How to format your references using the Health Research Policy and Systems citation style

This is a short guide how to format citations and the bibliography in a manuscript for Health Research Policy and Systems. For a complete guide how to prepare your manuscript refer to the journal's instructions to authors.

Using reference management software

Typically you don't format your citations and bibliography by hand. The easiest way is to use a reference manager:

PaperpileThe citation style is built in and you can choose it in Settings > Citation Style or Paperpile > Citation Style in Google Docs.
EndNoteDownload the output style file
Mendeley, Zotero, Papers, and othersThe style is either built in or you can download a CSL file that is supported by most references management programs.
BibTeXBibTeX syles are usually part of a LaTeX template. Check the instructions to authors if the publisher offers a LaTeX template for this journal.

Journal articles

Those examples are references to articles in scholarly journals and how they are supposed to appear in your bibliography.

Not all journals organize their published articles in volumes and issues, so these fields are optional. Some electronic journals do not provide a page range, but instead list an article identifier. In a case like this it's safe to use the article identifier instead of the page range.

A journal article with 1 author
1. Rensberger B. Science journalism: Too close for comfort. Nature. 2009;459:1055–6.
A journal article with 2 authors
1. Brooks T, Smith ML. Ecology. Caribbean catastrophes. Science. 2001;294:1469–71.
A journal article with 3 authors
1. Arnqvist G, Jones TM, Elgar MA. Insect behaviour: reversal of sex roles in nuptial feeding. Nature. 2003;424:387.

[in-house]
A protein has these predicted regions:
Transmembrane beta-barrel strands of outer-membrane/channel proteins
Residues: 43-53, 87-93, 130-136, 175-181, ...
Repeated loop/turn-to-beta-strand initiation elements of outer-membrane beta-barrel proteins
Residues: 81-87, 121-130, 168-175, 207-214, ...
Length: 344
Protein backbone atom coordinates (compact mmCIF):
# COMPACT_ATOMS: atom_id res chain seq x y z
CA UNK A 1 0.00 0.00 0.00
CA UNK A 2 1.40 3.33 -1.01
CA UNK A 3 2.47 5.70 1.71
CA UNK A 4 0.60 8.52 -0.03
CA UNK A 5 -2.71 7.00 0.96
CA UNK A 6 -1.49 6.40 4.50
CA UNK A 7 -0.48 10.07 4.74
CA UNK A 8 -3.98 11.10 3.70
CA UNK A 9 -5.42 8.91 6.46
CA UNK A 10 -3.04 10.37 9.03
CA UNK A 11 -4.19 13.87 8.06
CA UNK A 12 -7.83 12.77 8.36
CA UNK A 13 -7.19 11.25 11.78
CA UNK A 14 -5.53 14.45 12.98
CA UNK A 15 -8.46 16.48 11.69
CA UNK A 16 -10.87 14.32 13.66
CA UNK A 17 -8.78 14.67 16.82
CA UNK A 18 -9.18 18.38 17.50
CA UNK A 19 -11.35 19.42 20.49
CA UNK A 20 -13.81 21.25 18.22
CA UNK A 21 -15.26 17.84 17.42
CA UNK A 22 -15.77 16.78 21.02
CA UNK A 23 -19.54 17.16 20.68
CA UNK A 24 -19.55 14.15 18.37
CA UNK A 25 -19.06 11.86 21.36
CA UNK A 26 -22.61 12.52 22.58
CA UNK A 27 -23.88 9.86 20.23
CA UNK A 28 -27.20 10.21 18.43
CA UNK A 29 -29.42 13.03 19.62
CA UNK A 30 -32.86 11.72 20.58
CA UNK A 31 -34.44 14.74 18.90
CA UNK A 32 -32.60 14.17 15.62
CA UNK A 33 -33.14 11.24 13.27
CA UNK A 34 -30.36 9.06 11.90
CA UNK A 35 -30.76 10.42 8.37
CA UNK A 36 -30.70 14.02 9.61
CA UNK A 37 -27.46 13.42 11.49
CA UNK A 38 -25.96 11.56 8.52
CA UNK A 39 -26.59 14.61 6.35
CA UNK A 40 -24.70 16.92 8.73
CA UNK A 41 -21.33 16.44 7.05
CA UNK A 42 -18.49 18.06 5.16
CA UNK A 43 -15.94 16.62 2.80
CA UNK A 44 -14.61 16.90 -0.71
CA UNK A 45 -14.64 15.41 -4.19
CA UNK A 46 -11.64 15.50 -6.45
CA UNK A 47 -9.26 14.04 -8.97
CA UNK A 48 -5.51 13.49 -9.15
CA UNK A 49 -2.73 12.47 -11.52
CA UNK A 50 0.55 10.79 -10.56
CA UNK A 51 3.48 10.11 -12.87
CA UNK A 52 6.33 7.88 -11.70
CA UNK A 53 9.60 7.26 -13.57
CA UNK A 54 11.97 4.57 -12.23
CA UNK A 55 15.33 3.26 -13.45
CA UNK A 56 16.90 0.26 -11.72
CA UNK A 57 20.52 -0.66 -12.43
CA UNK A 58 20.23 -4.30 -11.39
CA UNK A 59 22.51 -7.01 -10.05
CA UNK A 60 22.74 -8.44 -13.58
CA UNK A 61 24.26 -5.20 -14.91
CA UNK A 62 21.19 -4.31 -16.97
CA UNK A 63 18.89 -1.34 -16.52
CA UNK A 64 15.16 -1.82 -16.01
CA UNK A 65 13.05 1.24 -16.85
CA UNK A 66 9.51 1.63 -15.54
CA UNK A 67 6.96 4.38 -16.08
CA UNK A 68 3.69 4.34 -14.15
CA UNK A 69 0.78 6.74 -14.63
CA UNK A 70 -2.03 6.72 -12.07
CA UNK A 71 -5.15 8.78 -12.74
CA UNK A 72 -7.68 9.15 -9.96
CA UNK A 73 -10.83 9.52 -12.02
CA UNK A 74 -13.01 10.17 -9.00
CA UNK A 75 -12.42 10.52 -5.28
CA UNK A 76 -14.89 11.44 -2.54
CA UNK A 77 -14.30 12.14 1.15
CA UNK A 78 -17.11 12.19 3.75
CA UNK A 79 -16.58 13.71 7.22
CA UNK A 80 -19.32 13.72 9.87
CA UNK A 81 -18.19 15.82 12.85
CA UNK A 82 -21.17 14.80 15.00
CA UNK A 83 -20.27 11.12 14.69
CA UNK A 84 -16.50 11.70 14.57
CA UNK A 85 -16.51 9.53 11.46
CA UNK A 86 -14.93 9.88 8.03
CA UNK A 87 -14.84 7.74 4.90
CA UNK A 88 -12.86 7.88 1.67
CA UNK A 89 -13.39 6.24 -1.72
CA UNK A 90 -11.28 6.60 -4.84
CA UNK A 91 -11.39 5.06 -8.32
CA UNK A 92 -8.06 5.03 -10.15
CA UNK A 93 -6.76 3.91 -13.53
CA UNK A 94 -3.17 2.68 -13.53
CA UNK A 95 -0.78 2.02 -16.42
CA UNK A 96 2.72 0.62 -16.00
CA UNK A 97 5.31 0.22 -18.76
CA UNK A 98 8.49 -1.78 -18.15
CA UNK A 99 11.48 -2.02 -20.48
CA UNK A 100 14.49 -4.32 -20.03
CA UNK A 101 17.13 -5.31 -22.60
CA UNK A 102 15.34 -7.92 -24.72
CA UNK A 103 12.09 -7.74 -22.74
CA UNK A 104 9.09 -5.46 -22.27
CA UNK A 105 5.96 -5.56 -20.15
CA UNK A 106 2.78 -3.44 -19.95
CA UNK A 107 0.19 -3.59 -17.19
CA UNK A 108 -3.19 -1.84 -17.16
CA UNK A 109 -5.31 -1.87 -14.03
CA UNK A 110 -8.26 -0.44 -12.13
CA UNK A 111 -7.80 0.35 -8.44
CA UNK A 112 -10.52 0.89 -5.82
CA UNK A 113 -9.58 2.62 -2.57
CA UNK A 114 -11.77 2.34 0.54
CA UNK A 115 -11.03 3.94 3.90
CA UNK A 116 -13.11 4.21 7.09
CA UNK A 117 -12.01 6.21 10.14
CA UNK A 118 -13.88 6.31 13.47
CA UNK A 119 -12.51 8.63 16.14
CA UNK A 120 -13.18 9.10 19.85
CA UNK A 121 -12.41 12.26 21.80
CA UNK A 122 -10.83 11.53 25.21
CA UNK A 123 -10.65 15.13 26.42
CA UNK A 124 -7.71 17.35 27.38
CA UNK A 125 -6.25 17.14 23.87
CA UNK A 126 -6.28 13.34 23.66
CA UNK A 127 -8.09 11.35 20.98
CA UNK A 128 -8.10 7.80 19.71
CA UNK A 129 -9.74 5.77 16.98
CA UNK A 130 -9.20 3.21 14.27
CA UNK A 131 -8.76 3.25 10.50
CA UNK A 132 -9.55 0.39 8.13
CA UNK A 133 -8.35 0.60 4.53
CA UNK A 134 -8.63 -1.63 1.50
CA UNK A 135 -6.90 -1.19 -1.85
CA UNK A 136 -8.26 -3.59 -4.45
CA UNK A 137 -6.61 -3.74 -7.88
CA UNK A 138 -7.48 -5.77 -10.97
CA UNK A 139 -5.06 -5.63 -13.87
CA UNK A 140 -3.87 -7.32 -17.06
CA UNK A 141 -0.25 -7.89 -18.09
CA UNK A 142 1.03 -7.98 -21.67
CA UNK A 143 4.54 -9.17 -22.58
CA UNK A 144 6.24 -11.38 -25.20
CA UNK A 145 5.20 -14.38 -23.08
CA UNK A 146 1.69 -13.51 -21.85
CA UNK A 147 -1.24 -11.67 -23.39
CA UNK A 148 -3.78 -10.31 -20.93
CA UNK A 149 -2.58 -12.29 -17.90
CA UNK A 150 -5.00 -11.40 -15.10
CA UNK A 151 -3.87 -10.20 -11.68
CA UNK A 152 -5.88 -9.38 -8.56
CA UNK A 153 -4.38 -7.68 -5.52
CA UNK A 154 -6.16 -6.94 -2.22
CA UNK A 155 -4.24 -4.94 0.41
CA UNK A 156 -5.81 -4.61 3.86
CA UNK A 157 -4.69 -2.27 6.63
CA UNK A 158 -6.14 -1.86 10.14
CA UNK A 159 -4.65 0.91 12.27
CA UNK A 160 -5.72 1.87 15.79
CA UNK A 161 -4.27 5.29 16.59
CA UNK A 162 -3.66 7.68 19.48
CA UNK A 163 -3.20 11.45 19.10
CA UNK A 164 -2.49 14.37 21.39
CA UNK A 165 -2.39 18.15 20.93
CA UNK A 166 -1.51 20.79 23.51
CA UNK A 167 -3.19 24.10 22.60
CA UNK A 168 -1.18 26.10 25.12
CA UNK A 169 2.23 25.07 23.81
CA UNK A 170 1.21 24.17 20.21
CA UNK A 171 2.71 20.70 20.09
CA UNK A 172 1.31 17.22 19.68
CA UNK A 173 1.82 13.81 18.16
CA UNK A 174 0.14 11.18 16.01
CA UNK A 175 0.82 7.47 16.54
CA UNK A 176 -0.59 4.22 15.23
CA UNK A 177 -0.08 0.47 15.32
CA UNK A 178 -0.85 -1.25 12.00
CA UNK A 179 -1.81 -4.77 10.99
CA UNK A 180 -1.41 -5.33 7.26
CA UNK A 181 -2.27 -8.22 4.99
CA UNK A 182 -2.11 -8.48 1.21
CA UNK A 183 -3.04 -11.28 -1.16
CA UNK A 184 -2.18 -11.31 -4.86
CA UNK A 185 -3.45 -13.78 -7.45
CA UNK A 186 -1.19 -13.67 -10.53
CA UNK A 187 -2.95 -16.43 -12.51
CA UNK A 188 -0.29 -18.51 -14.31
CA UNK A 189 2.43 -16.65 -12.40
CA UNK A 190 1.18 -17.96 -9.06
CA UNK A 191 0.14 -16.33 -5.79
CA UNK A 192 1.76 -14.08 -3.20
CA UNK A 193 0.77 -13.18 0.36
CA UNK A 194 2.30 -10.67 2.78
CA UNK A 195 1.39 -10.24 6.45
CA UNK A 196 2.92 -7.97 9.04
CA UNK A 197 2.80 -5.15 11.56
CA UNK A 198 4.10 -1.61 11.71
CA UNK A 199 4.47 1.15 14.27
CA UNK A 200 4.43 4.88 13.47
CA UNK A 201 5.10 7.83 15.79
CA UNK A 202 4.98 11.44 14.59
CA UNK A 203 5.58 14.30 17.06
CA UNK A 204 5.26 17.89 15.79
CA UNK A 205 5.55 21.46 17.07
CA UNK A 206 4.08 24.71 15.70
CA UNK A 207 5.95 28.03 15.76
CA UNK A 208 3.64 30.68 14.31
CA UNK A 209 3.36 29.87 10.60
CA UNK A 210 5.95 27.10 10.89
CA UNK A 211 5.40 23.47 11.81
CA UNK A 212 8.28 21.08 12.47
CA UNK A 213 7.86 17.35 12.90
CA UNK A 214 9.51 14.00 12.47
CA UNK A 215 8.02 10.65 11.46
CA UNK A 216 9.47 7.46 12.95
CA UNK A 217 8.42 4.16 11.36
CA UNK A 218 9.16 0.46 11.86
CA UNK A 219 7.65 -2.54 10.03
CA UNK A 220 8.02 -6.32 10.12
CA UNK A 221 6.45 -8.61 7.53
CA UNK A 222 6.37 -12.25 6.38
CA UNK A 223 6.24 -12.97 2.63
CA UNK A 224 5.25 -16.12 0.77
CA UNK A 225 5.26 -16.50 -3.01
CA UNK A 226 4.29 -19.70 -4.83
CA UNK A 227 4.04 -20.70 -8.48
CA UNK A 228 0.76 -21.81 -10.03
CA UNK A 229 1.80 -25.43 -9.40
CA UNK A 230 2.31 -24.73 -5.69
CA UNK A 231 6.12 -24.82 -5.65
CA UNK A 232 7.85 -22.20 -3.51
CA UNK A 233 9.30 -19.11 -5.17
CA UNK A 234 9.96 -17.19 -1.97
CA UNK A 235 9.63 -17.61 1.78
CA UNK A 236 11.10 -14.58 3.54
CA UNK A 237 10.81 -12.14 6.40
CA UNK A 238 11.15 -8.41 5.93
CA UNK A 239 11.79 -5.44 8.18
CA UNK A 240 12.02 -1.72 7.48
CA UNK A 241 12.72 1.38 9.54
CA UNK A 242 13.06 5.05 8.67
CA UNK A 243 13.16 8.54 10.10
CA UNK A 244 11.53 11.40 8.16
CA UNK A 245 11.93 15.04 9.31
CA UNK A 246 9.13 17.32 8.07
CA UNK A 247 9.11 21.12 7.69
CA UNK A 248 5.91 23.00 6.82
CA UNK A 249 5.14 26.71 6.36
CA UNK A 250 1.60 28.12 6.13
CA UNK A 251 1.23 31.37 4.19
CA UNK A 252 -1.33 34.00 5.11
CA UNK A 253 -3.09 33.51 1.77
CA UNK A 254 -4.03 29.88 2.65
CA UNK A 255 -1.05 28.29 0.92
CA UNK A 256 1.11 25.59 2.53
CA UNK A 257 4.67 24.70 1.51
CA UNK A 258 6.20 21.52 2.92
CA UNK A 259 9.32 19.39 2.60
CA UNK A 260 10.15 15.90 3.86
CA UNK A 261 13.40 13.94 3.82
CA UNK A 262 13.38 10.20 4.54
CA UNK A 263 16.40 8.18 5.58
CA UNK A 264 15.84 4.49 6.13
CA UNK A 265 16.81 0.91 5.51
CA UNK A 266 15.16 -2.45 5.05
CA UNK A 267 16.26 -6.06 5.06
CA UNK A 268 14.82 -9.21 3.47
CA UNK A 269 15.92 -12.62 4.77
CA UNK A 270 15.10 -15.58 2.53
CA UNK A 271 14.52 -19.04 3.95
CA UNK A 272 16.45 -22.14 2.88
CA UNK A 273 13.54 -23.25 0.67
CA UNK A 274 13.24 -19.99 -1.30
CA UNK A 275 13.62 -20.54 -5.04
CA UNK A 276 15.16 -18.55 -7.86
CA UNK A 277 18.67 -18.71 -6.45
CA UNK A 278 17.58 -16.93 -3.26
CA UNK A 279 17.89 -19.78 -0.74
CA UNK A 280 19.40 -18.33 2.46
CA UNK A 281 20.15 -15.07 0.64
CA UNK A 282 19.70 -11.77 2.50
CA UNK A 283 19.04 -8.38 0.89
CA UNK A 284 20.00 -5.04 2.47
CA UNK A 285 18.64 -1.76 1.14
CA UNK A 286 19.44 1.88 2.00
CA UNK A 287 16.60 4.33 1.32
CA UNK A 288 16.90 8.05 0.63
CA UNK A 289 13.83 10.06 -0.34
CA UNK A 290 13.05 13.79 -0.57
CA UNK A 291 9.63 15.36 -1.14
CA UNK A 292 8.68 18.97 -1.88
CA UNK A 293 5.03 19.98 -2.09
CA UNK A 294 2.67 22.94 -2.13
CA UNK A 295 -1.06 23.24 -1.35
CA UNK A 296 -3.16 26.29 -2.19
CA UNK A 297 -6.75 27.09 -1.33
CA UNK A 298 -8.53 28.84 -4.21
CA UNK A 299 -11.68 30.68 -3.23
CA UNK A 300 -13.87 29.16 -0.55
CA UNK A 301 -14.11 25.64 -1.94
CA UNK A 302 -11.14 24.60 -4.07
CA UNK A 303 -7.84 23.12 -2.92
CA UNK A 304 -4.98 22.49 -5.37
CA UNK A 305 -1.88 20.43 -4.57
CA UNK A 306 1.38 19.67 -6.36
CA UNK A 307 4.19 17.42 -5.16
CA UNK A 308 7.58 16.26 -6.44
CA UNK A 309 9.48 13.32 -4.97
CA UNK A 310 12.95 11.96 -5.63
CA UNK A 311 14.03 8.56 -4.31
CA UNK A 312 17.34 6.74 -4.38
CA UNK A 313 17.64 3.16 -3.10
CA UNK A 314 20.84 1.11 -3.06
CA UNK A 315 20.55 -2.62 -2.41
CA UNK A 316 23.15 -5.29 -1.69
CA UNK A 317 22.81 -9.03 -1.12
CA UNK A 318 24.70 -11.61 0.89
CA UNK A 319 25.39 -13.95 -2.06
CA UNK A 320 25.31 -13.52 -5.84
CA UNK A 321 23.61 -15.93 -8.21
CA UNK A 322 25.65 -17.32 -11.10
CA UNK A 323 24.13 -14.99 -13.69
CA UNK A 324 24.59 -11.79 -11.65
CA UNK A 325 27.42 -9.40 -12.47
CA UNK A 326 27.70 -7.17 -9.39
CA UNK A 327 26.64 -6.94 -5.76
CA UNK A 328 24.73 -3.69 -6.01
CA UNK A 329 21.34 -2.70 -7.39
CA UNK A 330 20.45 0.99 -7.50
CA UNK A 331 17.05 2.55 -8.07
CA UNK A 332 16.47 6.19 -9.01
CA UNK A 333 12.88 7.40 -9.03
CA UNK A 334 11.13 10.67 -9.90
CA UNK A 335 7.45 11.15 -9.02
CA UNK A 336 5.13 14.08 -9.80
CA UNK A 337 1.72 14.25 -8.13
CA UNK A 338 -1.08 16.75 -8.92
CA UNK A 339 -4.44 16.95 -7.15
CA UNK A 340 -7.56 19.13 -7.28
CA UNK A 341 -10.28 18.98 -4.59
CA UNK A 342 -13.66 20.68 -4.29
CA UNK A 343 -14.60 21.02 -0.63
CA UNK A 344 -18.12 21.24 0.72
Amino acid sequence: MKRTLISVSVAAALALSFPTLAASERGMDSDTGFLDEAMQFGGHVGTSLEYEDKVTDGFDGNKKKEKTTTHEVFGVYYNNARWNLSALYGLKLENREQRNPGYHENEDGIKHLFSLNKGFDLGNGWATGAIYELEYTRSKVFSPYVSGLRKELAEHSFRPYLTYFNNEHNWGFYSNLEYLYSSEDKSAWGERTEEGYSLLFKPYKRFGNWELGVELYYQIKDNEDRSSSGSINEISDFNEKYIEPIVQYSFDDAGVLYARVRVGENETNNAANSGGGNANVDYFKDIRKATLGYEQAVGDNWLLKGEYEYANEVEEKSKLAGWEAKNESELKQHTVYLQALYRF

A journal article with 7 or more authors
1. Gunjakar JL, Kim TW, Kim IY, Lee JM, Hwang S-J. Highly efficient visible light-induced O₂ generation by self-assembled nanohybrids of inorganic nanosheets and polyoxometalate nanoclusters. Sci Rep. 2013;3:2080.

Books and book chapters

Here are examples of references for authored and edited books as well as book chapters.

An authored book
1. Danson E. Drawing the Line. Hoboken, NJ: John Wiley & Sons, Inc; 2016.
An edited book
1. Malevergne Y. Extreme Financial Risks: From Dependence to Risk Management. Sornette D, editor. Berlin, Heidelberg: Springer; 2006.
A chapter in an edited book
1. Sun LR, Felling RJ. Pediatric Vascular Neurology and Syndromes. In: Agrawal A, Britz G, editors. Pediatric Vascular Neurosurgery: Principles and Practice of Neurovascular Disorders (Part 1). Cham: Springer International Publishing; 2016. p. 37–46.

Web sites

Sometimes references to web sites should appear directly in the text rather than in the bibliography. Refer to the Instructions to authors for Health Research Policy and Systems.

Blog post
1. Luntz S. Boxes For Owls Help Overcome Middle East Divisions [Internet]. IFLScience. IFLScience; 2017 [cited 2018 Oct 30]. Available from:


This example shows the general structure used for government reports, technical reports, and scientific reports. If you can't locate the report number then it might be better to cite the report as a book. For reports it is usually not individual people that are credited as authors, but a governmental department or agency like "U. S. Food and Drug Administration" or "National Cancer Institute".

Government report
1. Government Accountability Office. Customs Service Modernization: Results of Review of First Automated Commercial Environment Expenditure Plan. Washington, DC: U.S. Government Printing Office; 2001 Jun. Report No.: GAO-01-696.

Theses and dissertations

Theses including Ph.D. dissertations, Master's theses or Bachelor theses follow the basic format outlined below.

Doctoral dissertation
1. Parker DD. Uncovering Three Trumpet Works of Sofia Gubaidulina [Doctoral dissertation]. [Long Beach, CA]: California State University, Long Beach; 2017.

News paper articles

Unlike scholarly journals, news papers do not usually have a volume and issue number. Instead, the full date and page number is required for a correct reference.

New York Times article
1. Stewart JB. Struggling to Find the Spirit of ’86. New York Times. 2017 Jul 20;B1.

In-text citations

References should be cited in the text by sequential numbers in square brackets:

This sentence cites one reference [1].
This sentence cites two references [1,2].
This sentence cites four references [1–4].

About the journal

Full journal titleHealth Research Policy and Systems
AbbreviationHealth Res. Policy Syst.
ISSN (online)1478-4505
ScopeHealth Policy

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